LILAC: Low Impact Living Affordable Community

Lilac set up their 20 household scheme in the Bramley area of Leeds 2012 to provide permanently affordable homes in a community where “all residents feel they are part of a strong, flourishing neighbourhood where they can directly participate” through environmentally “low impact living”.

Lilac were the first co-operative to use the Mutual Home Ownership (MHO) model first proposed by the New Economics Foundation and CDS Co-operatives. There are some detailed complexities to the MHO model, but it is basically a collective approach to home ownership. Its core principles are that MHO society members and residents pay a collective mortgage rather than traditional individual ones. MHO society members contribute financially on the basis of their income levels – defined in Lilac as 35% of net household income. MHO society members build equity that they can potentially take with them based on a national income based formula rather than property values, ensuring that homes remain affordable for subsequent MHO society members. The value of equity shares allocated to each household can differ between 90% and 110% of the cost the household’s home, providing a range of affordability and enabling Lilac to reduce personal financial risk in a challenging home ownership environment.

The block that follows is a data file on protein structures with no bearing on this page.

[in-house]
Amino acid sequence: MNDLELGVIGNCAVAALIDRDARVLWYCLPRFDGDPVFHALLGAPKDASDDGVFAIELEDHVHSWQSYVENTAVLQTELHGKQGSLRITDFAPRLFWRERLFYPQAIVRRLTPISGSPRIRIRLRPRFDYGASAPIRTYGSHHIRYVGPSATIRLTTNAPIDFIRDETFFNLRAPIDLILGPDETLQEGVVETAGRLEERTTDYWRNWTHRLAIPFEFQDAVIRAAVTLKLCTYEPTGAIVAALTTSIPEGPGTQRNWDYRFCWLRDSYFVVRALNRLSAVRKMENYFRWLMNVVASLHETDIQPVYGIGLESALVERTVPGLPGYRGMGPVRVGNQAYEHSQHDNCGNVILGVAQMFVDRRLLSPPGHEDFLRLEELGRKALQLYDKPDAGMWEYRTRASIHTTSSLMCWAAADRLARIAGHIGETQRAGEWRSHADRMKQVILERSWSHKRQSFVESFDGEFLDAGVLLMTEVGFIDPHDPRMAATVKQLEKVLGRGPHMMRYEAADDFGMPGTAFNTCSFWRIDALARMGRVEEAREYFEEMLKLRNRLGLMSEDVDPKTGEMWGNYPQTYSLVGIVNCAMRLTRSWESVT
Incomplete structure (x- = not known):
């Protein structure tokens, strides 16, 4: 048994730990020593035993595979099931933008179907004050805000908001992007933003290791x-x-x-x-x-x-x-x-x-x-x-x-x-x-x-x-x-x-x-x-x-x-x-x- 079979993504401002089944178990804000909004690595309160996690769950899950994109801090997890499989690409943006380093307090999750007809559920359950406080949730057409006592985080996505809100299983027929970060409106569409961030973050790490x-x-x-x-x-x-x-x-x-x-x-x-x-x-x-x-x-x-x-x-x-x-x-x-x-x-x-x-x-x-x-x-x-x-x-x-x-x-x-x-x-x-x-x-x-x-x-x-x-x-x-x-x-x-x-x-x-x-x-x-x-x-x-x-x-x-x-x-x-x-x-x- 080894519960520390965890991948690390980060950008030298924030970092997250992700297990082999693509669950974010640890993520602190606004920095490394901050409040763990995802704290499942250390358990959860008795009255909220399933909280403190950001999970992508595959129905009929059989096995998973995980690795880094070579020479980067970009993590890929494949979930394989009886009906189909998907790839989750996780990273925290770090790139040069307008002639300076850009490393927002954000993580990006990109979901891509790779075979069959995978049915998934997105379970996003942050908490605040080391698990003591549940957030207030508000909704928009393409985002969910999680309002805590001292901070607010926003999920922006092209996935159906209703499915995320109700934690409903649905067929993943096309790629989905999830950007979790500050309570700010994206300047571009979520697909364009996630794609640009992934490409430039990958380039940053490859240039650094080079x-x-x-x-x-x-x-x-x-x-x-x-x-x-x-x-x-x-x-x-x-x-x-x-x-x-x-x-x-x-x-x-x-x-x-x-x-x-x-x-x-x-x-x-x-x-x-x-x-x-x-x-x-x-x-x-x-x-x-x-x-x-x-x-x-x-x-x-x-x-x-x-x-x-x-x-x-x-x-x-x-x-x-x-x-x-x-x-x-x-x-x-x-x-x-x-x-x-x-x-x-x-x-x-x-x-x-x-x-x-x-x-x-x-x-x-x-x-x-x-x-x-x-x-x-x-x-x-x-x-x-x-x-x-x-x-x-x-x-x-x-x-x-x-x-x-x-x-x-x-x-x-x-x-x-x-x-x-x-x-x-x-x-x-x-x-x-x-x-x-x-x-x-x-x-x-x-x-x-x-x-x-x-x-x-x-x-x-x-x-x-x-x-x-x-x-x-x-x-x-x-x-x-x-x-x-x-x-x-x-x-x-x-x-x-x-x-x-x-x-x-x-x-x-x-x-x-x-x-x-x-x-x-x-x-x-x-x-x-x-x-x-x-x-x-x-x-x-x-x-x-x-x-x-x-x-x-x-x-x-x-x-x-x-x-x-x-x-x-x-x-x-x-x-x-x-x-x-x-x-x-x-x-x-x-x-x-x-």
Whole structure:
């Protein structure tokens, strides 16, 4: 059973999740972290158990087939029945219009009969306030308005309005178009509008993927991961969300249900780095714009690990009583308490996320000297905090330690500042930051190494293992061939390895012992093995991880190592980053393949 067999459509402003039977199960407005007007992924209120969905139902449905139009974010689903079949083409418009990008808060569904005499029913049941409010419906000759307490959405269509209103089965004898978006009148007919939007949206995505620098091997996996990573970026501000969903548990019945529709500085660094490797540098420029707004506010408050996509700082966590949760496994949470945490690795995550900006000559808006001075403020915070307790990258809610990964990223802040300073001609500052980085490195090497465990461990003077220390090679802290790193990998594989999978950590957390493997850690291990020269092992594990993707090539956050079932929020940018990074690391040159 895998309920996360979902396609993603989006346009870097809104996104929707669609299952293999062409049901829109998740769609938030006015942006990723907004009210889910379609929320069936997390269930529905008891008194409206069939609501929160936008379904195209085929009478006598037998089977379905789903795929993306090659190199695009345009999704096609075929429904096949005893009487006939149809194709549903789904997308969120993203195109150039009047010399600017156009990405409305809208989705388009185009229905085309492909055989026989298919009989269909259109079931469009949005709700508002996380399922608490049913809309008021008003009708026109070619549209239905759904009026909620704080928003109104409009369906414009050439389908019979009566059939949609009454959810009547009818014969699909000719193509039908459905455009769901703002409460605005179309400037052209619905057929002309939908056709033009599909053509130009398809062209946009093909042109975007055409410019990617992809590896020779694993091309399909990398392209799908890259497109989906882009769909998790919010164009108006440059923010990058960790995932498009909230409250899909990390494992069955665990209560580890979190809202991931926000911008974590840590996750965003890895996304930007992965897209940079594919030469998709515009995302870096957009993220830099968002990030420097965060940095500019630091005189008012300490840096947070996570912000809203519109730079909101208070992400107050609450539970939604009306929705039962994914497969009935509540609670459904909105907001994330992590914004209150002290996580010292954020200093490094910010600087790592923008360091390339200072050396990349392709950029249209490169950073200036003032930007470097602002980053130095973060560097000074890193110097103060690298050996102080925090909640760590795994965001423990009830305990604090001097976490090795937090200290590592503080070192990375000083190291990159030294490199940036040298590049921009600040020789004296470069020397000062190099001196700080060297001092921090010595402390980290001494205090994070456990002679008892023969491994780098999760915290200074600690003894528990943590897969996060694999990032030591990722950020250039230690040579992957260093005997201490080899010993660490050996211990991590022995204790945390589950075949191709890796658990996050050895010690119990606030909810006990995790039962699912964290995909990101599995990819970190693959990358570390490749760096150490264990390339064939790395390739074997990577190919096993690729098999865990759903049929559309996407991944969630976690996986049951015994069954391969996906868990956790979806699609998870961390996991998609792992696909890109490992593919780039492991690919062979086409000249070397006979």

LILAC
Lilac

Lilac’s homes and land are owned by the MHO society which is owned by the society’s members – the residents who live in the homes provided. The MHO society is legally a co operative which is democratically controlled by its members. Each member household has a lease which grants the right to occupy a specified house or flat owned by the MHO society. Lilac has a 25 year fixed rate mortgage provided by ethical bank Triodos at 3.5% above base rate which financed Lilac’s scheme costs (land, homes and common house development).

Lilac is about co-operative self-management and establishing a stable community. The community infrastructure – the common house and other shared facilities – green spaces, allotments, pond, a shared garden and a children’s play area – have been important for community interaction. The common house is at the heart of the community, and includes communal cooking and eating facilities, laundry facilities, meeting space, play area, office and guest rooms.

Our members bought into Lilac as much for the value of our community as for the affordability of our homes. It’s a key part of our identity. For example, food plays an important role in Lilac. In the Common House we stock up regularly with food bought in bulk which reduces our food bills. We meet twice a week to eat together in the Common House: the time we spend relaxing over our meals creates space to talk and share and build the links that sustains our community.
Laura Smith – Lilac member